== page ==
41 Mass. App. Ct. 565, 568-569 (1996).
Nevertheless, until a week or so ago, we practitioner could not accurately project how the Massachusetts judiciary would weigh in on this precise issue. On October 22, 2014, however, the Appeals Court issued its rescript decision in Pelullo v. Croft, Appeals Court Case No. 13-P-28, Slip Opinion dated October 22, 2014.
In Pelullo, the applicant sought a building permit to construct a single family residence on his property in Natick, Massachusetts. “The plaintiff, an abutter, filed an opposition on grounds that lot 1A did not meet the by-law’s minimum 125 foot lot depth requirement. The building inspector issued the permit reasoning that in cases involving ‘odd-shaped lots,’ the ‘depth is determined by established practices and procedures of the Building Department which involve a calculation of lot depth on an angle in conjunction with a determination as to satisfaction of all other applicable dimensional requirements.'” Id., at *1.
Striking the building permit down, the Appeals Court reasoned that “[n]either the building inspector nor the board explained why a diagonal measurement of lot depth was consistent with the ordinary meaning of that term, and failed to offer any reasoned basis for measuring lot depth based on a diagonal line.” Id., at *2. Moreover, “[a]s the [Land Court] judge found, [the property] is not oddly shaped. [It] is more or less rectangular in shape with front and rear lot lines of about 170 feet, and side lot lines that vary from about eighty-six feet to seventy-one feet.” Id. Thus, the court concluded that “[t]he use of a diagonal line to measure the depth of a rectangular lot is contrary to the ordinary and accepted meaning of the term lot depth. It is thus an incorrect interpretation of the by-law, and is not entitled to judicial deference.” Id.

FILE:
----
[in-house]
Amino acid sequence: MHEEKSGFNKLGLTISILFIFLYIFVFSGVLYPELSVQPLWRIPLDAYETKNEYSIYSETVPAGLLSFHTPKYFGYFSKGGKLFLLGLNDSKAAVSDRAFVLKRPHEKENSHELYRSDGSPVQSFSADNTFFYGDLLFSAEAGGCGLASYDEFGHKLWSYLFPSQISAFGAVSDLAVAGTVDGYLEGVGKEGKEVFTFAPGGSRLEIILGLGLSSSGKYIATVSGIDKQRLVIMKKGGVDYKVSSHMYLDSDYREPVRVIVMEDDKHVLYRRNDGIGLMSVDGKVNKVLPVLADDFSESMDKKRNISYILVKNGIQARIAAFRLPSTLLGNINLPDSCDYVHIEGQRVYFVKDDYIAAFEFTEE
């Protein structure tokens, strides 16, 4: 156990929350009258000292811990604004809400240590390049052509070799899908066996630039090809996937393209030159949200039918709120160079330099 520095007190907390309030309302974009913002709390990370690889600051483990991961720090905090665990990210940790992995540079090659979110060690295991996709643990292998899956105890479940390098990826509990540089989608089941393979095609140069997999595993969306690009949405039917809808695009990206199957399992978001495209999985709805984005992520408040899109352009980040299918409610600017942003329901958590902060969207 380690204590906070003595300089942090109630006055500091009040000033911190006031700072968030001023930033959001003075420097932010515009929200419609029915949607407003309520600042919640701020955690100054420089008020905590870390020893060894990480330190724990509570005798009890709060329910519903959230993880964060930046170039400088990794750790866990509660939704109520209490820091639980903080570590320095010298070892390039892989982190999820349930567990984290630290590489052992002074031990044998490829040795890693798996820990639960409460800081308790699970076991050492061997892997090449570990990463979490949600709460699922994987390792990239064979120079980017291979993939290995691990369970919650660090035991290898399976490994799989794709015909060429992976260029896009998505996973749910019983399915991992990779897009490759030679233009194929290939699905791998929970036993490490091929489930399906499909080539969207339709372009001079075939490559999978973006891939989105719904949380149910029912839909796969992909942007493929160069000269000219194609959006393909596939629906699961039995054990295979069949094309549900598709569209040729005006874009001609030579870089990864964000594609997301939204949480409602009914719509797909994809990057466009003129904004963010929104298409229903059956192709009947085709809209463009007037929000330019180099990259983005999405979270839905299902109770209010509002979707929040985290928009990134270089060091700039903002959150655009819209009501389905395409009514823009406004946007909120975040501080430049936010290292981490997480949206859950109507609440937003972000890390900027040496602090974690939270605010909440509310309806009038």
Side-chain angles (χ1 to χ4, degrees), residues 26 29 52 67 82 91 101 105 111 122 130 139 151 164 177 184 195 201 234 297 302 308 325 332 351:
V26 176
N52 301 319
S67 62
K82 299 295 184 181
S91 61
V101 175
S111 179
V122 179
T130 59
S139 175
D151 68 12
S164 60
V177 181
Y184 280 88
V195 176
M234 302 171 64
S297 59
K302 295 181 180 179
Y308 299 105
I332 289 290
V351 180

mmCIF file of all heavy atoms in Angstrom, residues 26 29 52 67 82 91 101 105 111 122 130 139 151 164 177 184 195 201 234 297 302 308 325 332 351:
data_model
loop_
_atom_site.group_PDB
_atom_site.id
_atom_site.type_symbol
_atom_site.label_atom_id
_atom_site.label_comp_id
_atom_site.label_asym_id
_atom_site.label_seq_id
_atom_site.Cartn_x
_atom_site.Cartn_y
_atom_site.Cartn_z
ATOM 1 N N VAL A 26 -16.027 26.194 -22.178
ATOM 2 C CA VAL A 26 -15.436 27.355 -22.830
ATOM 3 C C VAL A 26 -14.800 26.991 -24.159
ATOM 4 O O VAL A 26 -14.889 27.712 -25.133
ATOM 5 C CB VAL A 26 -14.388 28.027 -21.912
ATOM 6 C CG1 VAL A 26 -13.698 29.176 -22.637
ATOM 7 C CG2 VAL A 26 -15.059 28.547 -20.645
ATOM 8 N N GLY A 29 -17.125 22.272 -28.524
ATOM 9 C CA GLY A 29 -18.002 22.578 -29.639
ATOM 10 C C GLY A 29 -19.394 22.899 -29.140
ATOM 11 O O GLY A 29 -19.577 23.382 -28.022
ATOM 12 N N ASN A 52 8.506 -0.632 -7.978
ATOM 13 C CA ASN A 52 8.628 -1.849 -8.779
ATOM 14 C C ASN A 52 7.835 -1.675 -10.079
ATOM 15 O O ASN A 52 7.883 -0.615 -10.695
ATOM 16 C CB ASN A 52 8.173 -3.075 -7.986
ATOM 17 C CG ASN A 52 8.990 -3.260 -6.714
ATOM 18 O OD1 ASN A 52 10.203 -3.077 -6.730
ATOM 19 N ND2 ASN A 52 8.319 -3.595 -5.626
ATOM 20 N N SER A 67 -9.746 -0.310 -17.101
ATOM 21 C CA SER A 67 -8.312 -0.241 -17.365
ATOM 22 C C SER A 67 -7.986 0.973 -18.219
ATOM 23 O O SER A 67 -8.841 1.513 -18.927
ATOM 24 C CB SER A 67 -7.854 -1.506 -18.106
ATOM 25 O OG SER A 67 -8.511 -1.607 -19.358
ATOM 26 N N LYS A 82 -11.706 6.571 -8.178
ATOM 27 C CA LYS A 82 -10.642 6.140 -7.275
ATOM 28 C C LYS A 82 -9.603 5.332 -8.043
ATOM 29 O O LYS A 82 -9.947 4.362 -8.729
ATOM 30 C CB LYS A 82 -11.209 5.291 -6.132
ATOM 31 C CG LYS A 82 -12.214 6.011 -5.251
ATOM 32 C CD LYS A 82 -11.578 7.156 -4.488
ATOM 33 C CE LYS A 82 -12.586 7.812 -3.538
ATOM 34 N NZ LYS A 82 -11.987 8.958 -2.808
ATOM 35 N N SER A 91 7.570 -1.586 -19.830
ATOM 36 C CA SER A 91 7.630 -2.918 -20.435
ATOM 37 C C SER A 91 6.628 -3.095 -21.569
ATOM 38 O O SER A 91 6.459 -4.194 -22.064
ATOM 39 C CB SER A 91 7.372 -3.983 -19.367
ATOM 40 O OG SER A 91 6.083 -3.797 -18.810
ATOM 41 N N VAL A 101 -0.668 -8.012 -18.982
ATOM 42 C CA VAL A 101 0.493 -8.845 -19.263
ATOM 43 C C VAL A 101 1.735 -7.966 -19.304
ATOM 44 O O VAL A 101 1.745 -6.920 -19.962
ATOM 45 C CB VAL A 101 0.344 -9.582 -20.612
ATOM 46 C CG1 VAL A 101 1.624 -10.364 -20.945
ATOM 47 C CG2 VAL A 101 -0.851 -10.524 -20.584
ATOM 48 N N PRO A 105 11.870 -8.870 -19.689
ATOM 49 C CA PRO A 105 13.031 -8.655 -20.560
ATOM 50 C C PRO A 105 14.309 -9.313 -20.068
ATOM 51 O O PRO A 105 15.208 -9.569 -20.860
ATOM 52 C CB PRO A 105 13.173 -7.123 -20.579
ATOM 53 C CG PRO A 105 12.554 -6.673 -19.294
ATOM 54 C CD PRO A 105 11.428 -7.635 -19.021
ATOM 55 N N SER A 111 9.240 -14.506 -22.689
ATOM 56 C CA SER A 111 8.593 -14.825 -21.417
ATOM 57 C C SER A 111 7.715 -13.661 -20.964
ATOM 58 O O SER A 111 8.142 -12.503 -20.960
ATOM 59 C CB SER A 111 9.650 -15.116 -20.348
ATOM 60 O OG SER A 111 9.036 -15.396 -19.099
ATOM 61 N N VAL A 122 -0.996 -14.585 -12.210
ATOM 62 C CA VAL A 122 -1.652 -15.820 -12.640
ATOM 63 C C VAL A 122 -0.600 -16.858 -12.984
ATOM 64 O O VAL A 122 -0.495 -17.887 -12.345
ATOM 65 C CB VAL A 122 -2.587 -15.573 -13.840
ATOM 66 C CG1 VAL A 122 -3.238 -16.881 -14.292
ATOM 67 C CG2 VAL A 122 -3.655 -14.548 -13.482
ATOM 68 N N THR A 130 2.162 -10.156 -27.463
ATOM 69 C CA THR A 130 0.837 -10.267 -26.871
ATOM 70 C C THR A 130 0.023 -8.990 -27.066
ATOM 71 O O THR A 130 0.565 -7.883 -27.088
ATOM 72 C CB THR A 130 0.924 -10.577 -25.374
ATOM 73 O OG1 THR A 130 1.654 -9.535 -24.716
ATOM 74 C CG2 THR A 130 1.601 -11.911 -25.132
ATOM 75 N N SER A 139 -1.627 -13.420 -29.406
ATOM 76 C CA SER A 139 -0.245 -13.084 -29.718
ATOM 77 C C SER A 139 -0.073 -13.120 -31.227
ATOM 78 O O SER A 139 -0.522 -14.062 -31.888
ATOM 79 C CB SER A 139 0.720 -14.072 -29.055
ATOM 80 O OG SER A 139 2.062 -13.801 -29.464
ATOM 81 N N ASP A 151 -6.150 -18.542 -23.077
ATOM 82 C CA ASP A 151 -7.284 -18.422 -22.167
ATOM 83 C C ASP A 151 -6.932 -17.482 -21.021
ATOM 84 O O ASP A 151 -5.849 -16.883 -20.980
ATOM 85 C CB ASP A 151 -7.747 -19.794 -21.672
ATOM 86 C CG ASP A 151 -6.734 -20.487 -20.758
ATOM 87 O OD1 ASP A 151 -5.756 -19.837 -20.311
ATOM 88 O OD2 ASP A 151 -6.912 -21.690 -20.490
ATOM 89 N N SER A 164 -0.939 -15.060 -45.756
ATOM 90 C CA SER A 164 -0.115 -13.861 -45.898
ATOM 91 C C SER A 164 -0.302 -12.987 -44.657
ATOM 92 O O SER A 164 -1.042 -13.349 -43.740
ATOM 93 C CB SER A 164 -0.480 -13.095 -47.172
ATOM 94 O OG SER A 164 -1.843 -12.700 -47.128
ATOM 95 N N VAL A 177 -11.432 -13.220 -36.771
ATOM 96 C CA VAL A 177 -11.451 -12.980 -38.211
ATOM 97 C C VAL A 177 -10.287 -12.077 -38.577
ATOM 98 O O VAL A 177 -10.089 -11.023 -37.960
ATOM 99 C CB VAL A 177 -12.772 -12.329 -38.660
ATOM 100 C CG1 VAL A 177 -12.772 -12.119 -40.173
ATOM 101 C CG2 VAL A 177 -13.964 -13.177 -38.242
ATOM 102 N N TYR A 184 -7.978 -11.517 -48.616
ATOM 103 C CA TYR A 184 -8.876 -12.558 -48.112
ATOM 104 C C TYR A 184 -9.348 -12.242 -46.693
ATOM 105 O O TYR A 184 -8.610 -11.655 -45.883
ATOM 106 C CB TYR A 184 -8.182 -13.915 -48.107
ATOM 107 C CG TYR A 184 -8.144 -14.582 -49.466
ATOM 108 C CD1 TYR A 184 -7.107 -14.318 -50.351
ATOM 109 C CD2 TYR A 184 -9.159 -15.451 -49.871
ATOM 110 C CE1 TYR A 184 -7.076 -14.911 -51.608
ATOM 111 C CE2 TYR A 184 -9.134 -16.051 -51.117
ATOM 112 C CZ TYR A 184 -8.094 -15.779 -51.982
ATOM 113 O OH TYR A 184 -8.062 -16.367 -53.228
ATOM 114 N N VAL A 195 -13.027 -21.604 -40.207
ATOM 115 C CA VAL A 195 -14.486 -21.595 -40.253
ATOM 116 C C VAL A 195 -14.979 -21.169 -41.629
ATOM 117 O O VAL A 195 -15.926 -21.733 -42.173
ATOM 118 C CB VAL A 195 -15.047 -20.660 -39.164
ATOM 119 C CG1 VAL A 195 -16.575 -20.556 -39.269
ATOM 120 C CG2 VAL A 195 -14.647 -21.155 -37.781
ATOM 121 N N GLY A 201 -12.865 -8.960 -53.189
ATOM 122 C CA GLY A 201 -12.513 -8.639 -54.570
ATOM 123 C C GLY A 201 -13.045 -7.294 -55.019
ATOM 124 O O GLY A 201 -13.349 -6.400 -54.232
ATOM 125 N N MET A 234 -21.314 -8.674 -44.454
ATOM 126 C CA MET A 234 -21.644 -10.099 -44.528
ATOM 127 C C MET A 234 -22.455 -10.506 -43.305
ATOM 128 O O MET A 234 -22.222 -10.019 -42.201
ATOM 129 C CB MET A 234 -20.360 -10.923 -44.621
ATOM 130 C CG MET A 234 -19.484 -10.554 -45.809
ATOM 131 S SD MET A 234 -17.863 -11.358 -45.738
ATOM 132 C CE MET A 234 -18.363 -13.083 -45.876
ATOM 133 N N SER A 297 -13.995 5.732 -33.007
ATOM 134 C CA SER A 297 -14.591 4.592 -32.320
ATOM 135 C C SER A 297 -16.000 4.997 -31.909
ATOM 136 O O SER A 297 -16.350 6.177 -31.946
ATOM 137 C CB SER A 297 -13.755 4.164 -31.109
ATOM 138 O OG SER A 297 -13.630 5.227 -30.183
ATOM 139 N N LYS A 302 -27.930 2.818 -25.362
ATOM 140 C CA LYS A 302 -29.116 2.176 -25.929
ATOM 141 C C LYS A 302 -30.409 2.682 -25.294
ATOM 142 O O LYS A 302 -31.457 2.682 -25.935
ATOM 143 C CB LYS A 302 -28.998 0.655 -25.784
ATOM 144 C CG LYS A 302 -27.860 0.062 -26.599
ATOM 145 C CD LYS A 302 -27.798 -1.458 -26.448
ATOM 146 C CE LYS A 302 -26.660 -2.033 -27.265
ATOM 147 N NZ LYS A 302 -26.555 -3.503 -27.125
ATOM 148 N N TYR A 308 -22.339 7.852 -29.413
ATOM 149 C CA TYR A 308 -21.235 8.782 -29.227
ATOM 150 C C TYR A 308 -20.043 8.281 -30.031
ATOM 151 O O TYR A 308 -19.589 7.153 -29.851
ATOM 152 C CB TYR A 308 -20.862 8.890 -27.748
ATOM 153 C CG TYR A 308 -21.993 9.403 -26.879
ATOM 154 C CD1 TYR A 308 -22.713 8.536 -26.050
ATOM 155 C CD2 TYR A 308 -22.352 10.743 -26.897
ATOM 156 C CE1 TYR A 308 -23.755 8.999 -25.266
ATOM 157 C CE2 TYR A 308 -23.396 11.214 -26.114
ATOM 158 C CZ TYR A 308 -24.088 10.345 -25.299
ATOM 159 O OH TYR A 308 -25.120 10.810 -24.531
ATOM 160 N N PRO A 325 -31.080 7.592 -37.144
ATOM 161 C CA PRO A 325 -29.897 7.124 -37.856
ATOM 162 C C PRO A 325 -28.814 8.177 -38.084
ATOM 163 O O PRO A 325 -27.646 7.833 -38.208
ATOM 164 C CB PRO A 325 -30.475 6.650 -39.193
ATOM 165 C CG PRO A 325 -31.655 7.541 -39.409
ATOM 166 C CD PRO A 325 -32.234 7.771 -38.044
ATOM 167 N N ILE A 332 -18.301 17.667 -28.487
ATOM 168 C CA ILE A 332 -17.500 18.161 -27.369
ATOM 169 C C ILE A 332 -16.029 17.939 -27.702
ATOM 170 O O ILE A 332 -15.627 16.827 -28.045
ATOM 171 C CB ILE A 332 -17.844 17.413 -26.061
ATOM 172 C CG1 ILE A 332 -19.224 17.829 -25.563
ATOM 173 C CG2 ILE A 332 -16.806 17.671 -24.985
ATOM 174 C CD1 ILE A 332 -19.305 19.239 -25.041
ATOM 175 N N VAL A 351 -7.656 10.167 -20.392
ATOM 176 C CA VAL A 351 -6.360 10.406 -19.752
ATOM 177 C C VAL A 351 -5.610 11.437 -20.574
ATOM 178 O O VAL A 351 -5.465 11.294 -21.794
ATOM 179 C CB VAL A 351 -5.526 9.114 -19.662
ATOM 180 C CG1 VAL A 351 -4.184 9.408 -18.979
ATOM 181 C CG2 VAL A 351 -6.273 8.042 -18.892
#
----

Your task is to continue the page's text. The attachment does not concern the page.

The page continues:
The court, however, went a step further, and seemed to toll the death knell for building inspectors’ citation to “established practice” as the basis to save an otherwise arbitrary “policy”:
Even weaker is the building inspector’s bald assertion of an established practice using a diagonal line to measure the depth of lots regarded as oddly shaped. There is no evidence in the record to support the claim. Moreover, in the absence of any objective standard for determining what constitutes an ‘odd-shaped lot,’ the use of such a criteria would lead to arbitrary and idiosyncratic results. As the judge explained in his well-reasoned decision, ‘”[t]he right of the public to have the zoning by-law properly enforced cannot be forfeited by the actions of a municipality’s officers. Nor can a permit legalize a structure or use that violates a zoning by-law.”‘
Id., quoting the trial decision (ultimately quoting Building Inspector of Franklin v. Dispatch Communications of New England, 48 Mass. App. Ct. 709, 715 (2000) (emphasis added).
Thus, after Pelullo, building inspectors everywhere will need to think twice about applying different “policies” for interpreting and applying local bylaws to different applications under the same bylaw provisions. Towns, beware of ad hoc zoning “policies”!
Written by Nicholas P. Shapiro, Esq.
Copyright (c) 2011-2014 by Jeffrey T. Angley, P.C. All rights reserved.